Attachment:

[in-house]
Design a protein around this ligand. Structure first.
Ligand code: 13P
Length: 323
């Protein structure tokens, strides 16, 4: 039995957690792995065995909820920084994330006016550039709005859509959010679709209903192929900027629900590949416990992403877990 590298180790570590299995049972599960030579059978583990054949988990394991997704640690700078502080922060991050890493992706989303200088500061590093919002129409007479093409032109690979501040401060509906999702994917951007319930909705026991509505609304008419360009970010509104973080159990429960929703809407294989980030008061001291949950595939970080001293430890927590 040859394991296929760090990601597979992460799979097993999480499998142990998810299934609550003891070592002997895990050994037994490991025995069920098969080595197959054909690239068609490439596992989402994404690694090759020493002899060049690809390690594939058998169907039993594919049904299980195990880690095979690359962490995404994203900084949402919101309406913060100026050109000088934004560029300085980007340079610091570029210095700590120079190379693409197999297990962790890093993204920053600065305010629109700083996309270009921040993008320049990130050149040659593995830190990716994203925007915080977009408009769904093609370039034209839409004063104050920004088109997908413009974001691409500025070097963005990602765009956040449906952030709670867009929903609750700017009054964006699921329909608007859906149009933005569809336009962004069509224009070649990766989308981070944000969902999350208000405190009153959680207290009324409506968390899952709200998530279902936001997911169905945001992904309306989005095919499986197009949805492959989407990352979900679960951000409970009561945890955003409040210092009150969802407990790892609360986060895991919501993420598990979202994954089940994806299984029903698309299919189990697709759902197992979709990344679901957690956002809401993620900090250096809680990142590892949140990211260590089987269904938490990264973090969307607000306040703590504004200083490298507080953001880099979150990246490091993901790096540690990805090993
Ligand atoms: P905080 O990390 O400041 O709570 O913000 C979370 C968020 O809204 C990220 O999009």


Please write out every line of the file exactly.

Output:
[in-house]
Design a protein around this ligand. Structure first.
Ligand code: 13P
Length: 323
């Protein structure tokens, strides 16, 4: 039995957690792995065995909820920084994330006016550039709005859509959010679709209903192929900027629900590949416990992403877990 590298180790570590299995049972599960030579059978583990054949988990394991997704640690700078502080922060991050890493992706989303200088500061590093919002129409007479093409032109690979501040401060509906999702994917951007319930909705026991509505609304008419360009970010509104973080159990429960929703809407294989980030008061001291949950595939970080001293430890927590 040859394991296929760090990601597979992460799979097993999480499998142990998810299934609550003891070592002997895990050994037994490991025995069920098969080595197959054909690239068609490439596992989402994404690694090759020493002899060049690809390690594939058998169907039993594919049904299980195990880690095979690359962490995404994203900084949402919101309406913060100026050109000088934004560029300085980007340079610091570029210095700590120079190379693409197999297990962790890093993204920053600065305010629109700083996309270009921040993008320049990130050149040659593995830190990716994203925007915080977009408009769904093609370039034209839409004063104050920004088109997908413009974001691409500025070097963005990602765009956040449906952030709670867009929903609750700017009054964006699921329909608007859906149009933005569809336009962004069509224009070649990766989308981070944000969902999350208000405190009153959680207290009324409506968390899952709200998530279902936001997911169905945001992904309306989005095919499986197009949805492959989407990352979900679960951000409970009561945890955003409040210092009150969802407990790892609360986060895991919501993420598990979202994954089940994806299984029903698309299919189990697709759902197992979709990344679901957690956002809401993620900090250096809680990142590892949140990211260590089987269904938490990264973090969307607000306040703590504004200083490298507080953001880099979150990246490091993901790096540690990805090993
Ligand atoms: P905080 O990390 O400041 O709570 O913000 C979370 C968020 O809204 C990220 O999009």